On April 29, 2014, the United States Supreme Court has made it
easier for a successful patent litigant to obtain an award of
attorney's fees based on two decisions: Octane Fitness LLC
v. ICON Health & Fitness Inc; and Highmark Inc. v.
Allcare Health Management System, Inc.. Accordingly, patent
trolls now face a significant risk of having to pay costs if
In Canada costs are customarily awarded to the successful
litigant (the "English" rule). In the U.S. each party
usually bears its own costs (the "American" rule). The
perception has been that low merit patent litigation, often
pejoratively termed "trolling", is encouraged by the
"American" rule, because the risk of a losing plaintiff
having to pay costs is low. Patent "trolling" is less
common in Canada.
Under U.S. patent law1, "a court in exceptional
cases may award reasonable attorney fees to the prevailing
In Brooks Furniture Manufacturing., Inc., v. Dutailier
International, Inc, 393 F. 3d 1378 (2005) the Court of Appeal
for the Federal Circuit had set a high standard, that a "case
may be deemed exceptional...only in two limited circumstances:
"where there has been some material inappropriate
conduct," or when the litigation is both "brought in
subjective bad faith" and "objectively
baseless"". Further, such a showing had to be by
"clear and convincing evidence". As a practical matter,
this standard could almost never be met. A troll could safely
commence speculative cases in the hope of extracting settlements
from risk-averse defendants, while facing only the most remote risk
of an adverse award of costs. The Supreme Court has now ruled that
the Brooks Furniture standard was unduly rigid and
impermissibly encumbered the statutory grant of discretion to the
court trying the case.
The standard applied by the U.S. Supreme Court in
Octane and Highmark, considers a case
"exceptional" where it stands out from the ordinary in
respect of the party's litigating position or the unreasonable
manner in which the case was litigated. What is
"exceptional" is to be left to the discretion of the
district court considering the totality of the circumstances. This
right of discretion may make it difficult to overturn a costs award
on appeal. The Supreme Court also held that the normal burden of
proof on the balance of probabilities is to apply, rather than the
more onerous "clear and convincing" standard.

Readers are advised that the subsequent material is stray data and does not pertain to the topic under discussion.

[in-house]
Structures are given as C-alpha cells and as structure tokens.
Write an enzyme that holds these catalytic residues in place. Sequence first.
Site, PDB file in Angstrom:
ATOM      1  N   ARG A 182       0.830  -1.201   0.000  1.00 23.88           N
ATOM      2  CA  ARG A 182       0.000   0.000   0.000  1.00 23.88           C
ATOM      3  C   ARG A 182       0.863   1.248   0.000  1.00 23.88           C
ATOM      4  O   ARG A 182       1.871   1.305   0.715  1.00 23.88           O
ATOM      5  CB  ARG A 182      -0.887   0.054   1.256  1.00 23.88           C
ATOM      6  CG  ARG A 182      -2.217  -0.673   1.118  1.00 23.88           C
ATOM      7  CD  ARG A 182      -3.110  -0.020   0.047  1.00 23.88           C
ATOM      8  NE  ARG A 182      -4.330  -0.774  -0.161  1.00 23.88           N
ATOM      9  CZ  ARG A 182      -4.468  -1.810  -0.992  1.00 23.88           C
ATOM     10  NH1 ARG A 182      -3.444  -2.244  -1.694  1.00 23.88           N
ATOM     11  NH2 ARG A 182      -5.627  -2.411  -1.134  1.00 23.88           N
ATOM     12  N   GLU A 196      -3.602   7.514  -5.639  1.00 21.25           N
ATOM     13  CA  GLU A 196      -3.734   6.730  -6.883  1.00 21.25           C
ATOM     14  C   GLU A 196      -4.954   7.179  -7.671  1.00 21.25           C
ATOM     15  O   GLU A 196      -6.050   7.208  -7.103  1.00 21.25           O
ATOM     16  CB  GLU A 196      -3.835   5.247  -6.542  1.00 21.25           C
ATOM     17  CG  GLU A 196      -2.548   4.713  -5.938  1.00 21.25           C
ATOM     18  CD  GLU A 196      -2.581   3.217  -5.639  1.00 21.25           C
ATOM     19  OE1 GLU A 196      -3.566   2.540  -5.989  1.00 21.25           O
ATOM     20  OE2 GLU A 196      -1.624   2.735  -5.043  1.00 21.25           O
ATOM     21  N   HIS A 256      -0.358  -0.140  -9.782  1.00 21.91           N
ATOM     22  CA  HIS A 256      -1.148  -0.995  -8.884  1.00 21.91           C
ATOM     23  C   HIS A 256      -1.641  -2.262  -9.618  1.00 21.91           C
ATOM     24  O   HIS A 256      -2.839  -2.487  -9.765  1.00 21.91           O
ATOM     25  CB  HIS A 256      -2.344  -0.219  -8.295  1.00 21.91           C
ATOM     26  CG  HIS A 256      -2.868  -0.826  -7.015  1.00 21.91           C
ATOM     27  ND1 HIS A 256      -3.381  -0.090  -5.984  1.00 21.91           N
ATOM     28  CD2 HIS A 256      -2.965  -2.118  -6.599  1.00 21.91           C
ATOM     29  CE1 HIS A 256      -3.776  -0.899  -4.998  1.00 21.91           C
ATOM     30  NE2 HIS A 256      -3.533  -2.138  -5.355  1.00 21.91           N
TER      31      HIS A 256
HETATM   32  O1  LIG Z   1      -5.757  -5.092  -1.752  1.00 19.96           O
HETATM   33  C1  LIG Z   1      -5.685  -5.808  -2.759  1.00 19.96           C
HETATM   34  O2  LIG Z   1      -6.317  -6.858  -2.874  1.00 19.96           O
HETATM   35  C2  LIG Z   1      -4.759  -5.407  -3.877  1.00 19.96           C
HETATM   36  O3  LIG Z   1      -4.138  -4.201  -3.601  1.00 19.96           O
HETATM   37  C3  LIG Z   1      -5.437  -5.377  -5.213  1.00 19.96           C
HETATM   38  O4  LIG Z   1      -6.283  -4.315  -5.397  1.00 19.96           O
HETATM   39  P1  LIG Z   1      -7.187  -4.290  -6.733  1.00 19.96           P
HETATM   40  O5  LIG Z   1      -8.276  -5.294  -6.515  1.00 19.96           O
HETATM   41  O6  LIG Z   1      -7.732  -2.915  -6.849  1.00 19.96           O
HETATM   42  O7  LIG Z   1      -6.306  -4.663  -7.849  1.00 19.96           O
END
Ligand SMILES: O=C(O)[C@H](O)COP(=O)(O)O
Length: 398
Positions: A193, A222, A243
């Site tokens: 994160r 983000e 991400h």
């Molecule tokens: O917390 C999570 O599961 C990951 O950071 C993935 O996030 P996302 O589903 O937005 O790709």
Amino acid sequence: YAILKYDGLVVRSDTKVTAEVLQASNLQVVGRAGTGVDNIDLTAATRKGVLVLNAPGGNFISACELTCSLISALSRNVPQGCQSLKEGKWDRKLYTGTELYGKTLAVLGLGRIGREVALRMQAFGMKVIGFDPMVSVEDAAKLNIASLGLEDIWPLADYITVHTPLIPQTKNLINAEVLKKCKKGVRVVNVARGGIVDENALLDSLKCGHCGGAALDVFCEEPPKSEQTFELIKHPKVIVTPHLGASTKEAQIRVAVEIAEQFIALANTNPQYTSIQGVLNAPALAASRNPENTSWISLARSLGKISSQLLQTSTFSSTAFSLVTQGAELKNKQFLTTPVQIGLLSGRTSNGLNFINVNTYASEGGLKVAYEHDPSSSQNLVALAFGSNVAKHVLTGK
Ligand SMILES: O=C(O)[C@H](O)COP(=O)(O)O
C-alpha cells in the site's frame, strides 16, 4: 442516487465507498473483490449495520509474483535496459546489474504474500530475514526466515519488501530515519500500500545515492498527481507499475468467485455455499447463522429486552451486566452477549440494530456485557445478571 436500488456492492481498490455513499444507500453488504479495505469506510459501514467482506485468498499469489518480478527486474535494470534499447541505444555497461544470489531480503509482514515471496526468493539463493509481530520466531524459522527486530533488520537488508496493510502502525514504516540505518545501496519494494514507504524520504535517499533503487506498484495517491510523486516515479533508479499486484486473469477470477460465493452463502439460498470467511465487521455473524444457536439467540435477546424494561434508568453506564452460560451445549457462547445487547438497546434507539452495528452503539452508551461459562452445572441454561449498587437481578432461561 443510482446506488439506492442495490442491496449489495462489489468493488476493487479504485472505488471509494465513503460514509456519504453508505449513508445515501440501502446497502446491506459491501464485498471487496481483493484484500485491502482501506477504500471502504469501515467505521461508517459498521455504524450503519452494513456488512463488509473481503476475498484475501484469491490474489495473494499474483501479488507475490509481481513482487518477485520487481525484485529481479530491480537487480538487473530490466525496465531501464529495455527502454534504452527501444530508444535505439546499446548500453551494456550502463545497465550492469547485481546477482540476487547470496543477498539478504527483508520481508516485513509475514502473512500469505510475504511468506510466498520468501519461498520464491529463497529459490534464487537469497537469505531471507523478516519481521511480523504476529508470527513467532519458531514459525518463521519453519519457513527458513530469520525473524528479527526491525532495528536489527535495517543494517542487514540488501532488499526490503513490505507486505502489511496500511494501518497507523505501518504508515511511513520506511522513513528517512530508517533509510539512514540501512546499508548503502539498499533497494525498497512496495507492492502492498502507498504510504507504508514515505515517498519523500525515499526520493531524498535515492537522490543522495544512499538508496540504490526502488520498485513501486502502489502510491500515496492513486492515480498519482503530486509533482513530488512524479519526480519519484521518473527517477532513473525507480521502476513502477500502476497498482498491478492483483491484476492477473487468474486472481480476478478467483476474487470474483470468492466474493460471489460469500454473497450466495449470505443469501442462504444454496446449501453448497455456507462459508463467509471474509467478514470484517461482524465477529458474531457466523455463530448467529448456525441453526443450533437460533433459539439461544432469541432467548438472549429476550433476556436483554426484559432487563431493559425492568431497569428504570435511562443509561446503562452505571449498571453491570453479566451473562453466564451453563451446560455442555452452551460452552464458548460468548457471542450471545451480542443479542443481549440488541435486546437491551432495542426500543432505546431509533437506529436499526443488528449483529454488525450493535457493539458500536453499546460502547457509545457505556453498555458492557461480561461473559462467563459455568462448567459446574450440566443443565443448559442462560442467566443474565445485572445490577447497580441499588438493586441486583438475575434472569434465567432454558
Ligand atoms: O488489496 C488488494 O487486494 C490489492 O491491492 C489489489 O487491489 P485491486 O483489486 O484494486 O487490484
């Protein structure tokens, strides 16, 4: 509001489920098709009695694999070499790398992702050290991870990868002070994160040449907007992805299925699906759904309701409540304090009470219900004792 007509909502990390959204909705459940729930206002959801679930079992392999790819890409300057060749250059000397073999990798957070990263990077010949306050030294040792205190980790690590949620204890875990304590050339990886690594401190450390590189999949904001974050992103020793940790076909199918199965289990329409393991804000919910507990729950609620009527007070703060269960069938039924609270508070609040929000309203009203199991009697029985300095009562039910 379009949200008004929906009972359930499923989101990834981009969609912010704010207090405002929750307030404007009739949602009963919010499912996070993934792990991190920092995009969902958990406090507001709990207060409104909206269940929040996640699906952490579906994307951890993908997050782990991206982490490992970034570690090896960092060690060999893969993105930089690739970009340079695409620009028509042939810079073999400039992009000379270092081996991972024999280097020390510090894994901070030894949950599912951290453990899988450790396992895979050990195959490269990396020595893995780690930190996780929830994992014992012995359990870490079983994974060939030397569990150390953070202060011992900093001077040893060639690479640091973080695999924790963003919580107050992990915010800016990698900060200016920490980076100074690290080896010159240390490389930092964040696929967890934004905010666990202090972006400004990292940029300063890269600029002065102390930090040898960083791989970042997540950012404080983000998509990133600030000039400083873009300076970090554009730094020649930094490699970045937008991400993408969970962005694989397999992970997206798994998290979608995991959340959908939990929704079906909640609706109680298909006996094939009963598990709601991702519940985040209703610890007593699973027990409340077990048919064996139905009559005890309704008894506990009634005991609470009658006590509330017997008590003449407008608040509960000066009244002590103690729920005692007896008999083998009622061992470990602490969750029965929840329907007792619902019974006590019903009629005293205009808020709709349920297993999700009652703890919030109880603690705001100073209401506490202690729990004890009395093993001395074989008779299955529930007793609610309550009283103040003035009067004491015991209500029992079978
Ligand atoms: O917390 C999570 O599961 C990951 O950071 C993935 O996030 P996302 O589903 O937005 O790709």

Attorneys' fees may now be awarded more often. The
possibility of facing such an award may discourage speculative
cases. For example, the successful defendant's costs in
Highmark were U.S. $5.28 million.
Octane and Highmark may be seen in the context
of ongoing patent reform in the United States. Broad bi-partisan
consensus in Congress led to enactment of the America Invents Act
(AIA) in September 2012. The AIA dealt predominantly with USPTO
procedures. It left aside a number of unresolved
litigation-oriented issues often associated with patent
More recently, the Goodlatte-Scott amendment (HR 3309) would
amend the law to conform to the "English" rule (i.e., as
in Canada), and to require clear identification of the real party
seeking to enforce patent rights, such that a troll could not hide
behind a shell2. The intent would be substantially to
increase the risk faced by trolls. However, the corresponding
Senate bill, (S 1720) of Senator Leahy, has not yet obtained a
similar level of support, and these provisions are some distance
from being enacted.
By its decisions in Octane and Highmark the
U.S. Supreme Court has altered the balance of risk in patent
litigation, even as Congress continues to mull over reform.
1 35 USC 285
2 HR 3309 passed by a vote of 325 – 91 in the House
of Representatives on December 5, 2013.
The content of this article is intended to provide a general
guide to the subject matter. Specialist advice should be sought
about your specific circumstances.
To print this article, all you need is to be registered on Mondaq.com.
Click to Login as an existing user or Register so you can print this article.
A recent Saskatchewan Court of Queen's Bench decision allowed a court-appointed receiver to sell and transfer intellectual property rights free and clear of encumbrances, finding that a license to use improvements of an invention was a contractual interest and not a property interest.
Register for Access and our Free Biweekly Alert for
This service is completely free. Access 250,000 archived articles from 100+ countries and get a personalised email twice a week covering developments (and yes, our lawyers like to think you’ve read our Disclaimer).